PH Navy defends plan to deploy militia to West Philippine Sea to counter China’s

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Metro Manila (CNN Philippines, October 21) – After the Philippine government protested the presence of more than a hundred Chinese vessels, believed to be part of China's sophisticated fishing militia, spotted swarming around Pag-asa Island and the West Philippine Sea last July, its military now wants to counter it the way they know best: deploy their own paramilitary units.

During deliberations for next year's national budget, senators asked Department of National Defense officials on their plan to protect Filipino fishermen constantly under threats of harassment and aggression in the disputed territories.

"The navy is developing the capability for the maritime CAFGU (Citizen Armed Force Geographical Unit) or maritime CAAS (CAFGU Active Auxiliary Service)," Philippine Navy chief, Vice Admiral Giovanni Carlo Bacordo told the Senate panel on October 12.

"These are our counterparts for Chinese maritime militia-- that will be patrolling the areas of the West Philippine Sea and Bajo de Masinloc, specifically," Bacordo added.

"We would like to look at it as a deterence, for them to continue bullying or harassing our fishermen," Bacordo told reporters onboard BRP Jose Rizal, the navy's first-ever missile capable frigate, on Monday.

The CAFGU was created during the term of former President Corazon Aquino in 1987, largely to build an army of civilian volunteers to help the government in its anti-insurgency campaign.

CAFGU members, mostly residents of rural and rebel-infiltrated communities, are recruited, trained, armed and supervised by Philippine Army units.

Army spokesman Colonel Demy Zagala described CAFGUs as "force multiplier to keep community safe and secure."

Aside from the basic military training, CAFGU voluteers are issued firearms and camouflage uniforms, and receive pay called "mess allowance" for carrying out militia duties for half a month.

"Majority of our CAFGUs are farmers. So they have 15 days to protect their communities and another 15 days to till the land," Zagala explained.

The Army currently maintains about 64,000 CAFGU members nationwide.

The Navy had previously tapped militiamen, mostly fishermen, to help their units go after bandits and pirates in Western Mindanao.

Bacordo said the plan is to replicate the deployment of maritime militias "as a stop-gap measure" in the different naval forces nationwide, particularly those which have jurisdiction in securing territorial borders.

Initially, the Navy wants to pull out 120 CAFGU members each from Army units under the Western Command in Palawan and Northern Luzon Command in Tarlac, and retrain them to become maritime militias.These commands have security jurisdiction over the Kalayaan Group of Islands and the Scarborough Shoal, respectively.

"We are still in the recruitment and training phase," Bacordo said when asked on the status of the plan.

What will the maritime militias actually do?

Similar to the Army, the Navy wants the militias to be their "force multiplier" at sea carrying out "not only purely military operations, but also constabulary roles like HADR (humanitarian assistance and disaster response), as well as, search and rescue."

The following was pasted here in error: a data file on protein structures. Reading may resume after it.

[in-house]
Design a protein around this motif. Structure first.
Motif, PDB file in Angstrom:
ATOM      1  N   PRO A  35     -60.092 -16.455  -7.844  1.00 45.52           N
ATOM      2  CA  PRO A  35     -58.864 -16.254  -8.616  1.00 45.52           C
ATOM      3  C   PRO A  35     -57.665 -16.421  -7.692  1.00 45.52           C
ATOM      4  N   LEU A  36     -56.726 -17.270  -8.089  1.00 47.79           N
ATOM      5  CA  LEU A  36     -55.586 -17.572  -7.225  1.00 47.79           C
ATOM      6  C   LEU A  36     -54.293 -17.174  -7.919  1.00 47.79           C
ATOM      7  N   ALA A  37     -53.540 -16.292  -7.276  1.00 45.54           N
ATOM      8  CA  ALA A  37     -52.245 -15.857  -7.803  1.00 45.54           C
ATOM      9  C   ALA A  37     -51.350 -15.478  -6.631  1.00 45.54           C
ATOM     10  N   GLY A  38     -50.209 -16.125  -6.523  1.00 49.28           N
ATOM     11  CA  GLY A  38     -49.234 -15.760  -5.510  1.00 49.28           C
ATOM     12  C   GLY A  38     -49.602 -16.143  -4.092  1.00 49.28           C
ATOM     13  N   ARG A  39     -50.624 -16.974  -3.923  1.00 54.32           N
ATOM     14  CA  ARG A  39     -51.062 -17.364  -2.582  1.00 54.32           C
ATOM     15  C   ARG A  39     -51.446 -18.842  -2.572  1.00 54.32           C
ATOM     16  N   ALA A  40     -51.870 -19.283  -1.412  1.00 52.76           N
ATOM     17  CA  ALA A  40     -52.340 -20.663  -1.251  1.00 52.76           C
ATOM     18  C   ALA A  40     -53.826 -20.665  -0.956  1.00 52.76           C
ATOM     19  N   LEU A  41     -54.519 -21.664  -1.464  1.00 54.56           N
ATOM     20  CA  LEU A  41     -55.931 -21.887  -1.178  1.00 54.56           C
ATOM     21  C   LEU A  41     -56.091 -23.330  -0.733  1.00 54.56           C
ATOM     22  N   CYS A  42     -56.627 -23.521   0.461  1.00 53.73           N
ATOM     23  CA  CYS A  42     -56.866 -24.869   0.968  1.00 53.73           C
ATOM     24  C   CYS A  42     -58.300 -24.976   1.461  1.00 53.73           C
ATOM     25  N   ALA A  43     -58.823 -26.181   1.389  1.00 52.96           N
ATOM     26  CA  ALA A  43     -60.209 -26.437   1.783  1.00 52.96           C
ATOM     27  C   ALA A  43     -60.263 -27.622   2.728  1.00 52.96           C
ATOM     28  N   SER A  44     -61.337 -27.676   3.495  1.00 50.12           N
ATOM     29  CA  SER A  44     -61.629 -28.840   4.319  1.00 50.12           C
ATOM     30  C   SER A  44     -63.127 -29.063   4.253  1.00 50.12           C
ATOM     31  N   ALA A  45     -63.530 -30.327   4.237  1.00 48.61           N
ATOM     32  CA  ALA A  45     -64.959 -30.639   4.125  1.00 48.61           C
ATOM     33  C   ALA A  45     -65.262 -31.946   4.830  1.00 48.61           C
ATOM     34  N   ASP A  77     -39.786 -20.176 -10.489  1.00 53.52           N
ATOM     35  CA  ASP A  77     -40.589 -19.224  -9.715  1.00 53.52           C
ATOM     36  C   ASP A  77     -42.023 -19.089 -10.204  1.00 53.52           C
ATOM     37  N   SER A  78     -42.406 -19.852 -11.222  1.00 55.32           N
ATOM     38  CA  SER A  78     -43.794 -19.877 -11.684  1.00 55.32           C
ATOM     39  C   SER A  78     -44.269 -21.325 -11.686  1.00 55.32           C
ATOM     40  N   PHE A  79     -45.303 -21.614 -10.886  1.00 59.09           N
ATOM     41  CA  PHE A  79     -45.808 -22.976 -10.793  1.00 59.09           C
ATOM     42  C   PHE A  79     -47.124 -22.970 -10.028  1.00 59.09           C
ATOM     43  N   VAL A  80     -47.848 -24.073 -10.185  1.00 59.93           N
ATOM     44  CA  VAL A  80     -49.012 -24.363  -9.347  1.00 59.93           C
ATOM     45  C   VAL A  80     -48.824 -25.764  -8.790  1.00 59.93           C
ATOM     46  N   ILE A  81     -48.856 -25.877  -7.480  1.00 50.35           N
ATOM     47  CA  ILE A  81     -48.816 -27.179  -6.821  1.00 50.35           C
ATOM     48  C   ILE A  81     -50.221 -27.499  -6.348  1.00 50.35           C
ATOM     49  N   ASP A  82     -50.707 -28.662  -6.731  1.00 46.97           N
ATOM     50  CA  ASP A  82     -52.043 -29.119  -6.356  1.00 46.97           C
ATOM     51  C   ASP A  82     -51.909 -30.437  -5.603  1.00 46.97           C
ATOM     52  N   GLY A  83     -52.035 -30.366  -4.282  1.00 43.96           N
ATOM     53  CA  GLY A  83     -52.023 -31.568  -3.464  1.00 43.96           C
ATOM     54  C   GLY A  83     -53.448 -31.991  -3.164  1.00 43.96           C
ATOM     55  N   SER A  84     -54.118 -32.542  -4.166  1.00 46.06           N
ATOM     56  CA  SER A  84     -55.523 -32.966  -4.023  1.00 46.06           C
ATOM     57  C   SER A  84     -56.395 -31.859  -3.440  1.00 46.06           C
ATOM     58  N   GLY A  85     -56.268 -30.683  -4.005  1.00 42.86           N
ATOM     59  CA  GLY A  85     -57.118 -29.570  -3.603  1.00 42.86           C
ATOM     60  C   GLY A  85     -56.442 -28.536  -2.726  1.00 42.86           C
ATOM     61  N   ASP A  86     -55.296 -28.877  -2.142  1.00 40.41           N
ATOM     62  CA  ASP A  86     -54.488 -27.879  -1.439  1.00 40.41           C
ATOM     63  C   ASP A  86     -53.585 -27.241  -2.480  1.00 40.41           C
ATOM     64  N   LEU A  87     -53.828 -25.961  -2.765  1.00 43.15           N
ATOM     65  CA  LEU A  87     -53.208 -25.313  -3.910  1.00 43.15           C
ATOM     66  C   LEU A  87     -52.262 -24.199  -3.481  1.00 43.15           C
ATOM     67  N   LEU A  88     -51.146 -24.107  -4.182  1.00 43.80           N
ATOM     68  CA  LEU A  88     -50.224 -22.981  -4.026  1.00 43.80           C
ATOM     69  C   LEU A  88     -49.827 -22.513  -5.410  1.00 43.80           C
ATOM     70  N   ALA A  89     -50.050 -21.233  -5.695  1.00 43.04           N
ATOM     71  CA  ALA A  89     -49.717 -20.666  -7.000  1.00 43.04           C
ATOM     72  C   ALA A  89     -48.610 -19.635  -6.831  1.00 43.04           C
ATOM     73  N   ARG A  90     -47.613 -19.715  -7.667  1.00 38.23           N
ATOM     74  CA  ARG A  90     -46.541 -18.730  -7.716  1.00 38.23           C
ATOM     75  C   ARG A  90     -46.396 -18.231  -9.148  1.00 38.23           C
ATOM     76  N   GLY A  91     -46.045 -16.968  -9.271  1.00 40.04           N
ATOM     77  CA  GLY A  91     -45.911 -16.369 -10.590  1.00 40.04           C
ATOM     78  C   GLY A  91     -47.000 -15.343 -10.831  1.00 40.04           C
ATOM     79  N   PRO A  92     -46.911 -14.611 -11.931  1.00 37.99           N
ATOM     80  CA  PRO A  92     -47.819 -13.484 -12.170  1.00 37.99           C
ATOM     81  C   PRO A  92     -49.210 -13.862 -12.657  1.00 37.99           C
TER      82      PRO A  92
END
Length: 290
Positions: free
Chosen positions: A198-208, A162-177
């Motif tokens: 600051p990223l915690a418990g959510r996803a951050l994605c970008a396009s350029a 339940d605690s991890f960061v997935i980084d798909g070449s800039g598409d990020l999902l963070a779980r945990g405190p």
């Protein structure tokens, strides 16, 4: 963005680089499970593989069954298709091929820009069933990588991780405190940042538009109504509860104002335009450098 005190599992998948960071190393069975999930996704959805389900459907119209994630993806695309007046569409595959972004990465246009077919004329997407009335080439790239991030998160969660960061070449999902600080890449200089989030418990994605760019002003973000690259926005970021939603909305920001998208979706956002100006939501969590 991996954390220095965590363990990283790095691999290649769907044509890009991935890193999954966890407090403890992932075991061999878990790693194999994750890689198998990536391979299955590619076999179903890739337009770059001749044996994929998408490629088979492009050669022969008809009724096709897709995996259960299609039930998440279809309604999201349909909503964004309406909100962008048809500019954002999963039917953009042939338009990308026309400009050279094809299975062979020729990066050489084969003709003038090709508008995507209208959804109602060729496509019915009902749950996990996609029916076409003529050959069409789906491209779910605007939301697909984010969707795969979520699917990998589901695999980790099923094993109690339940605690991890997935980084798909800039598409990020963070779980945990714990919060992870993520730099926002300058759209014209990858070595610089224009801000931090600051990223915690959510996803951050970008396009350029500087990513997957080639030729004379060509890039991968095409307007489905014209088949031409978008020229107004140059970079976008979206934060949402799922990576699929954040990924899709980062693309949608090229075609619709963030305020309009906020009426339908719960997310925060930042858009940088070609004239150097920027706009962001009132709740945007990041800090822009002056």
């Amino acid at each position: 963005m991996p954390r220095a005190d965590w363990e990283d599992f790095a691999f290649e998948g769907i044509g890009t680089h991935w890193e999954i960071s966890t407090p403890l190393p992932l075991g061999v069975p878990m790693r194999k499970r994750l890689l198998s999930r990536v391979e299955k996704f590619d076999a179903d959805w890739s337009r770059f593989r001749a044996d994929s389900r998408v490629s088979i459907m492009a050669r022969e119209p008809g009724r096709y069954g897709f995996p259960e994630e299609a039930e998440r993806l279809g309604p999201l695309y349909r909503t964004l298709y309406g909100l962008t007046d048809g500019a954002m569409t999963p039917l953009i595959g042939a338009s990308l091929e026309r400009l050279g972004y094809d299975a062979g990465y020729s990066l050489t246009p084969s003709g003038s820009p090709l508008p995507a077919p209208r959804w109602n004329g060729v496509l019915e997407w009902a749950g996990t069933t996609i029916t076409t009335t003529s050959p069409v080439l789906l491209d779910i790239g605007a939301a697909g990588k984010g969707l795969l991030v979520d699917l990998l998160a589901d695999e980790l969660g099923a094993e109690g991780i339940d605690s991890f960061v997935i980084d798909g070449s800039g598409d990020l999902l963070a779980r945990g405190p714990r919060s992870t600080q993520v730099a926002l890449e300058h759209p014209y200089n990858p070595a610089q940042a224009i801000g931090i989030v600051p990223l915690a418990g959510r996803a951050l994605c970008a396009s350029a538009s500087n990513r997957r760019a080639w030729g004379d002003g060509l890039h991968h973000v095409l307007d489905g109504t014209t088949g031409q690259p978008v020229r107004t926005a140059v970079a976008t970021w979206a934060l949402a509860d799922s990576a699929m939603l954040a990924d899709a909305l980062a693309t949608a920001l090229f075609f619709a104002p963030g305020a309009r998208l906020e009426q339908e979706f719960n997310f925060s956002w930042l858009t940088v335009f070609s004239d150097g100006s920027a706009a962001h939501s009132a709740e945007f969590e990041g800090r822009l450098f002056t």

How will the Filipino militias differ from those deployed by China?

"The criticism in the employment of China, was they were using their militias against our fishermen who are purely civilians with no military training. So that is where the criticisms are coming from. Our militias will just be there to protect that area, (and) to protect our fishermen against harassments," Bacordo said.

Whether the militias will be trained on specific maritime skills, Bacordo said, "that really depends on the type of mission that they will undertake. And that would depend on the area commander."

How will the maritime militias look like?

Unlike the Army, the Navy-administered militias will largely conduct covert "maritime operations."

They will not be allowed to carry firearms and will be not issued camouflage uniforms so they can blend in with fellow fishermen.

"No, definitely, they will not be given firearms," Philippine Fleet commander, Rear Admiral Loumer Bernabe told reporters, in a separate interview, also on Monday.

The militias are also "not authorized" to bring their personal guns or weapons, Bernabe said.

Instead, they will likely be issued communication equipment such as a satellite phone, and tracking devices so authorities can quickly respond to them when they call for help.

"They will be given instrument that will identify their last position whenever some of their personnel or fishermen with them encounter incident at sea. So they will be easily located," Bernabe said.

Senator Risa Hontiveros had also expressed concern if the maritime militia will be given firearms, saying they could easily be targeted by China, or worse, provoked to an armed conflict.

Bernabe said the planned deployment of maritime militia "will emphasize (that) there is the safety of life at sea."

"They are there to protect the natural resources. They will report any abuses on the natural resources. And they will report on the safety of the fishermen in the area," Bernabe added, further pointing out that the security that Filipino militias will provide, will also cover foreign fishermen who will need help in case of an emergency.